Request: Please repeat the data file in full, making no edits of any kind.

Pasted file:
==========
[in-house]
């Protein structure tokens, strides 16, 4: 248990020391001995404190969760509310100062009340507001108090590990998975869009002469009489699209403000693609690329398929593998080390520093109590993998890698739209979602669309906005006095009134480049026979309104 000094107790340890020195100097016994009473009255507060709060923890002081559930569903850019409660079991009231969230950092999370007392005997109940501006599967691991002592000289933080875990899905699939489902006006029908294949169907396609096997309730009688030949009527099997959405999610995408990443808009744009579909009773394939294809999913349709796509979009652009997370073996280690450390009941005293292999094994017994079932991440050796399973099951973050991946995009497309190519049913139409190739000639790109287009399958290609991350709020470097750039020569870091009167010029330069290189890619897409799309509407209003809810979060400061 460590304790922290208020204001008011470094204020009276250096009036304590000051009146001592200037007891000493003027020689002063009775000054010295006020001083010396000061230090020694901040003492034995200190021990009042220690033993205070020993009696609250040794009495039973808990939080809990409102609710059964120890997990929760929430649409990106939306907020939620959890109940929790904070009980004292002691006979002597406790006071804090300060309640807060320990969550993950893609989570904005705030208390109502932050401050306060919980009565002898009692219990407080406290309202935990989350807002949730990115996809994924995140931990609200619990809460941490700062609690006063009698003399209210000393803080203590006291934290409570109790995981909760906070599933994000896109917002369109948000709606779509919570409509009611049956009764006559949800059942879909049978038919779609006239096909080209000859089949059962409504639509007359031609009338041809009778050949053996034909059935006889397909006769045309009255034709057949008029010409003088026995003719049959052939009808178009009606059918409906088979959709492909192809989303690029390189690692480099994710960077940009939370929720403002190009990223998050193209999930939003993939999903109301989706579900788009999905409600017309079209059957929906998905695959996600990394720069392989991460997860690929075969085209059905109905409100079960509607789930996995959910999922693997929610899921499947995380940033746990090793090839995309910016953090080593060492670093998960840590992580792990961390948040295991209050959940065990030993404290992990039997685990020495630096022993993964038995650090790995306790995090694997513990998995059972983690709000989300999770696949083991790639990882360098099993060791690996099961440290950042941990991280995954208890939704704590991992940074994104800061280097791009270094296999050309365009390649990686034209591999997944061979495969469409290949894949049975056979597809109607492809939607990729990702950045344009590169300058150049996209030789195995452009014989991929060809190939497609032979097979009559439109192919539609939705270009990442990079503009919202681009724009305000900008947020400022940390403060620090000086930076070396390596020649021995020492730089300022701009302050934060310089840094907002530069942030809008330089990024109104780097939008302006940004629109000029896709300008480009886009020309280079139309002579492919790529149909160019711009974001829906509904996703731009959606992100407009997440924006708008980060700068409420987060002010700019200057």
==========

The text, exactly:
[in-house]
């Protein structure tokens, strides 16, 4: 248990020391001995404190969760509310100062009340507001108090590990998975869009002469009489699209403000693609690329398929593998080390520093109590993998890698739209979602669309906005006095009134480049026979309104 000094107790340890020195100097016994009473009255507060709060923890002081559930569903850019409660079991009231969230950092999370007392005997109940501006599967691991002592000289933080875990899905699939489902006006029908294949169907396609096997309730009688030949009527099997959405999610995408990443808009744009579909009773394939294809999913349709796509979009652009997370073996280690450390009941005293292999094994017994079932991440050796399973099951973050991946995009497309190519049913139409190739000639790109287009399958290609991350709020470097750039020569870091009167010029330069290189890619897409799309509407209003809810979060400061 460590304790922290208020204001008011470094204020009276250096009036304590000051009146001592200037007891000493003027020689002063009775000054010295006020001083010396000061230090020694901040003492034995200190021990009042220690033993205070020993009696609250040794009495039973808990939080809990409102609710059964120890997990929760929430649409990106939306907020939620959890109940929790904070009980004292002691006979002597406790006071804090300060309640807060320990969550993950893609989570904005705030208390109502932050401050306060919980009565002898009692219990407080406290309202935990989350807002949730990115996809994924995140931990609200619990809460941490700062609690006063009698003399209210000393803080203590006291934290409570109790995981909760906070599933994000896109917002369109948000709606779509919570409509009611049956009764006559949800059942879909049978038919779609006239096909080209000859089949059962409504639509007359031609009338041809009778050949053996034909059935006889397909006769045309009255034709057949008029010409003088026995003719049959052939009808178009009606059918409906088979959709492909192809989303690029390189690692480099994710960077940009939370929720403002190009990223998050193209999930939003993939999903109301989706579900788009999905409600017309079209059957929906998905695959996600990394720069392989991460997860690929075969085209059905109905409100079960509607789930996995959910999922693997929610899921499947995380940033746990090793090839995309910016953090080593060492670093998960840590992580792990961390948040295991209050959940065990030993404290992990039997685990020495630096022993993964038995650090790995306790995090694997513990998995059972983690709000989300999770696949083991790639990882360098099993060791690996099961440290950042941990991280995954208890939704704590991992940074994104800061280097791009270094296999050309365009390649990686034209591999997944061979495969469409290949894949049975056979597809109607492809939607990729990702950045344009590169300058150049996209030789195995452009014989991929060809190939497609032979097979009559439109192919539609939705270009990442990079503009919202681009724009305000900008947020400022940390403060620090000086930076070396390596020649021995020492730089300022701009302050934060310089840094907002530069942030809008330089990024109104780097939008302006940004629109000029896709300008480009886009020309280079139309002579492919790529149909160019711009974001829906509904996703731009959606992100407009997440924006708008980060700068409420987060002010700019200057």